How Margin Debt Works – WSJ | Sidnaz Blog

Margin debt is a sometimes-overlooked but key part of the stock market that is particularly pertinent right now.

It is the money that investors borrow from stockbrokers to buy securities when they can’t or don’t want to fund the entire purchase with cash. Say an investor wants to purchase 100 shares at $50 each for a total of $5,000 but has only $2,500 to invest. That individual could buy the rest of the shares on margin. The same process can be used to buy exchange-traded funds.

Investors frequently use margin to get more bang for their investing buck. “The pro of margin is that it increases your purchasing power,” says

Jeff Deiss,

director of wealth planning at ACM in Ridgewood, N.J.

The downside is that brokers typically charge interest on borrowed money. And if the individual starts losing money on the investment, the stockbroker might ask for additional cash as security or collateral. That decision and how much cash will be required will depend on a variety of factors, including the remaining value of the investment, how much money the investor owes the broker and the requirements of the broker.

Margin Debt

Debit balances in margin accounts at broker-dealers.

“Buying on margin comes with a lot of risk, and if you are going to use margin, it is probably a good idea to have some cash on the side,” says Mr. Deiss. Investors who don’t have the required additional cash may be forced to close out their positions at a loss.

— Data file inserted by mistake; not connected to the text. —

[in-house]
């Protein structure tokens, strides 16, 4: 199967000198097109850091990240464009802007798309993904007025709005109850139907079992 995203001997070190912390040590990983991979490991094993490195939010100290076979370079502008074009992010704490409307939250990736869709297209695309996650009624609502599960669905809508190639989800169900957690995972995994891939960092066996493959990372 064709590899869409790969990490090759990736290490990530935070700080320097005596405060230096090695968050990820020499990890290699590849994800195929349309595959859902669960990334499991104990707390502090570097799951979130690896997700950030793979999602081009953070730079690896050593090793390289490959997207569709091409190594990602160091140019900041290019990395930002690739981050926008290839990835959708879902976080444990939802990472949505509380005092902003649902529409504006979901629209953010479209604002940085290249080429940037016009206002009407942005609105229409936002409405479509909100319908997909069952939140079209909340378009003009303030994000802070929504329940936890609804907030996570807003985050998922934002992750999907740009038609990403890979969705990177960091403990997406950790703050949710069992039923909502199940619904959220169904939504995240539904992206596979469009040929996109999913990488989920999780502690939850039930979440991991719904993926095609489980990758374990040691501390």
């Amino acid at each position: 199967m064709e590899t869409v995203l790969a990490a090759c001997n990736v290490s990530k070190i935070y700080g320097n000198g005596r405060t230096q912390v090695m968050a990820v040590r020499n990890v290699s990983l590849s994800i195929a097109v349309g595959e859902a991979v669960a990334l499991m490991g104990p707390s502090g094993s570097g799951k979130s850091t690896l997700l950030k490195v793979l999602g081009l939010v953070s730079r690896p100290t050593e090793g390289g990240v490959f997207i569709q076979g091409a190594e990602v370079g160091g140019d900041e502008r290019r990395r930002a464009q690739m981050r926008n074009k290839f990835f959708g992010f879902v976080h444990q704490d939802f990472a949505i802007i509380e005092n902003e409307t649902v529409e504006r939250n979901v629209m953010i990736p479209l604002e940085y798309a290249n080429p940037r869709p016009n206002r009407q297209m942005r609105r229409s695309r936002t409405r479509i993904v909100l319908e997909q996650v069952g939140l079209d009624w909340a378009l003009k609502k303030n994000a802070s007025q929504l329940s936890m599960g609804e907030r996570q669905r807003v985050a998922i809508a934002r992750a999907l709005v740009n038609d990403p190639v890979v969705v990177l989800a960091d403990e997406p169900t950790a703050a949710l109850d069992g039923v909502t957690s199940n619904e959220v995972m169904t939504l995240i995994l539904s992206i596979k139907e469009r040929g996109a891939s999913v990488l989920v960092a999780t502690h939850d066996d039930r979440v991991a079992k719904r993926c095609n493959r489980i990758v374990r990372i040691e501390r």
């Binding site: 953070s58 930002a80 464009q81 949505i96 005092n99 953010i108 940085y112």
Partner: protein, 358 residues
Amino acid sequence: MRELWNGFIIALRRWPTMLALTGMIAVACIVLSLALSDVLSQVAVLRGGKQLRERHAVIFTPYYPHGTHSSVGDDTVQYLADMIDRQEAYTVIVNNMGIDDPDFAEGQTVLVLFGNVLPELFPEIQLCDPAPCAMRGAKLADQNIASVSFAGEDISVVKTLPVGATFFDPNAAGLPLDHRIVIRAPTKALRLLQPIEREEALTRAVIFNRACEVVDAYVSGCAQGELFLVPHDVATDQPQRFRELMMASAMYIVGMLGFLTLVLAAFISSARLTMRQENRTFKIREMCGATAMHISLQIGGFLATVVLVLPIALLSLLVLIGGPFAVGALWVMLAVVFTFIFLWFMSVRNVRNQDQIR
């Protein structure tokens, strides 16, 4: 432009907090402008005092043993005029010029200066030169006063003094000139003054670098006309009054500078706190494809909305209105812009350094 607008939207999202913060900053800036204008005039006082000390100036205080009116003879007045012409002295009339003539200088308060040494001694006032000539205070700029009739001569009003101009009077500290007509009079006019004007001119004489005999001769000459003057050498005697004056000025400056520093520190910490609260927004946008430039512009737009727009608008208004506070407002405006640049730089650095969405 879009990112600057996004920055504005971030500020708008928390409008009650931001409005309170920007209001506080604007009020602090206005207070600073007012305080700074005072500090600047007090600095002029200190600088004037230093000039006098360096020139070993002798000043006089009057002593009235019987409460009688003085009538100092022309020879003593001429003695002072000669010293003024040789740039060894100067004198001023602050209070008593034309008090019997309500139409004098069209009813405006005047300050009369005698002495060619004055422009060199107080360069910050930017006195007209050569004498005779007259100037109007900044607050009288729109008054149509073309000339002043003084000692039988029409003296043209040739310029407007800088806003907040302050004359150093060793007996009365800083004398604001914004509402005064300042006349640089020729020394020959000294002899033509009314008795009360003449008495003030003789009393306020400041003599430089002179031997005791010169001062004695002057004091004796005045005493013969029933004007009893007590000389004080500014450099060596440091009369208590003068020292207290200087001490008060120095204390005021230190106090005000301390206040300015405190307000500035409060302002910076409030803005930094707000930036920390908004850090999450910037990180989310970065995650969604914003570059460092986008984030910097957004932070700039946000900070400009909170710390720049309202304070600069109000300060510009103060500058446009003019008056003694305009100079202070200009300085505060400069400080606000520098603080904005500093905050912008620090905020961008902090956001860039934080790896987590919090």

A large amount of buying on margin also can be detrimental to the stock market as a whole.

At the end of January, customer margin debt at U.S. brokers regulated by the Financial Industry Regulatory Authority, or Finra, jumped to $799 billion from $562 billion a year earlier, according to data provided by Finra.

Some analysts say that jump in margin debt came from individual investors, who turned to online trading amid pandemic-related lockdowns. A combination of new easy-to-use trading technology, ultralow borrowing costs and stimulus checks from the federal government helped fuel the phenomenon.

“For younger folks, it’s kind of the drug of choice,” Mr. Deiss says.

The problem is, when there is a lot of margin debt concentrated in a few stocks, those stocks tend to see wild price swings, says

Fabiana Fedeli,

global head of fundamental equities at Rotterdam-based asset-management company Robeco. Anecdotal evidence indicates that the recent increase in margin debt coincided with higher participation levels by individual investors, she says.

Indeed, certain stocks that became popular with individual investors also saw price volatility earlier this year. “The minute that the margin couldn’t be met, some of the positions had to be sold immediately,” Ms. Fedeli says. “It gives volatility to the market,” she says.

Mr. Constable is a writer in Edinburgh, Scotland. He can be reached at [email protected].

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